In this system having a job is no longer a guarantee not to slip into relative poverty, as more than 40 percent of non-standard workers in Estonia (which include people with temporary employment, part-time and on-call work agreements, dependent self-employment, agency work) not only fare higher risks than residents of other advanced democracies of seeing their earnings drop, but also remain in the lowest quintile of the household income distribution pyramid (OECD 2015).

Looking at the combined effect of in-work poverty and regressive effects of consumption taxes, it becomes clear that material deprivation is something that matters not only to recipients of unemployment benefits and disability allowances or the elderly, but to labor market outsiders and to society as a whole as well.

Let’s make an experiment. Have a look at this news release by Statistics Estonia about the year 2014 by Statistics Estonia, and then check out this one of December 2017. The change is so marginal in relation to national growth rates and increases in the top 10 percent share of income earners that it becomes statistically insignificant.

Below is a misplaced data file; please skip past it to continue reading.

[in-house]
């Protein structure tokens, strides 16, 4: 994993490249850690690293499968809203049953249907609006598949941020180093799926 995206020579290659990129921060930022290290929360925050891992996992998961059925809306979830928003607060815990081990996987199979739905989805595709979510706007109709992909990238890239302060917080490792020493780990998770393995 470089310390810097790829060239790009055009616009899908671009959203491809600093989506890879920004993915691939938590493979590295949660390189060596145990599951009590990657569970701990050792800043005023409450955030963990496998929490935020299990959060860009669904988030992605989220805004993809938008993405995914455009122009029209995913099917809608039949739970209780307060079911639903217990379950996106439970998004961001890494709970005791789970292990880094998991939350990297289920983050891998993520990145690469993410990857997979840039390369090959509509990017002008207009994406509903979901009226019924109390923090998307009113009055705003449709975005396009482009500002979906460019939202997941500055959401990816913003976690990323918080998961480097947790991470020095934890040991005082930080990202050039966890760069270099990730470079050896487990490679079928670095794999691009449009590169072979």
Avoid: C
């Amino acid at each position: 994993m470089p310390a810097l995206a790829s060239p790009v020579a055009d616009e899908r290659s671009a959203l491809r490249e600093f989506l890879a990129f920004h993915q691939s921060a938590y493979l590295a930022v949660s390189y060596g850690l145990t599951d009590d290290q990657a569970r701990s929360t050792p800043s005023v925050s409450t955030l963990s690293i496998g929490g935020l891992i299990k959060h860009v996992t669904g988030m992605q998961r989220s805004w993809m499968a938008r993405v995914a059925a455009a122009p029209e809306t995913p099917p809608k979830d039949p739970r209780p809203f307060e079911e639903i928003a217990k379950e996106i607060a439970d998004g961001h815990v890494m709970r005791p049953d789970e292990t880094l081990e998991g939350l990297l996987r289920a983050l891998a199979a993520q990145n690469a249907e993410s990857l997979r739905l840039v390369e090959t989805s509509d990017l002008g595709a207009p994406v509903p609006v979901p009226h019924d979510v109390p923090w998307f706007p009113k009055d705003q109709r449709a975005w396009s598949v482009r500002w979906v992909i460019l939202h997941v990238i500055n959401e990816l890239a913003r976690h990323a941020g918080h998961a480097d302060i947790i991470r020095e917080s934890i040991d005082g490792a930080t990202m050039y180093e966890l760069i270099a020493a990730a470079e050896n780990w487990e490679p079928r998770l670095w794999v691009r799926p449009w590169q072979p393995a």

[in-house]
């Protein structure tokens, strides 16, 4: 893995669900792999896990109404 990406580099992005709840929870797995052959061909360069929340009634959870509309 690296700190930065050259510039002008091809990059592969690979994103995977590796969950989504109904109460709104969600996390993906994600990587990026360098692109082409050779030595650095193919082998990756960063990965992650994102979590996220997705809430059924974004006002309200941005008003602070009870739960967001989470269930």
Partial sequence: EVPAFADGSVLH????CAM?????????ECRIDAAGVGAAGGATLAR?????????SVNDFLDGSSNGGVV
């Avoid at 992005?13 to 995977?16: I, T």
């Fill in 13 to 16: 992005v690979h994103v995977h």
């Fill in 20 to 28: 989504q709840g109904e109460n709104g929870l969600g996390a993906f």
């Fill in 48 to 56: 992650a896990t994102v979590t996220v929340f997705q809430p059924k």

With nearly 276,000 people or 21.1 percent of the Estonian population living in relative poverty today, the need for a more just redistribution of wealth cannot be dismissed as a typically leftist demand anymore. Someone is still waiting for the wealth to trickle down, maybe even these two Estonians out of ten. Sorry to be popping the bubble here, but they’re waiting for something that won’t ever happen.

Estonia has the possibilities and the resources to change its direction. Opposing a progressive tax system isn’t just worrying about losses in potential foreign investment, but actually supports the distortions that lead to less equality. It’s a good time now to make a change.

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Federico Plantera is a journalist and political commentator for one of Italy's largest online news portals, Il Fatto Quotidiano. Plantera holds an MA in political science and international relations and has done research into comparative social policy at the University of Strathclyde in Glasgow as well as the Paris Institute of Political Studies (Sciences Po). After shorter stays in 2014 and 2016, Plantera moved to Estonia in 2017.

Editor: Dario Cavegn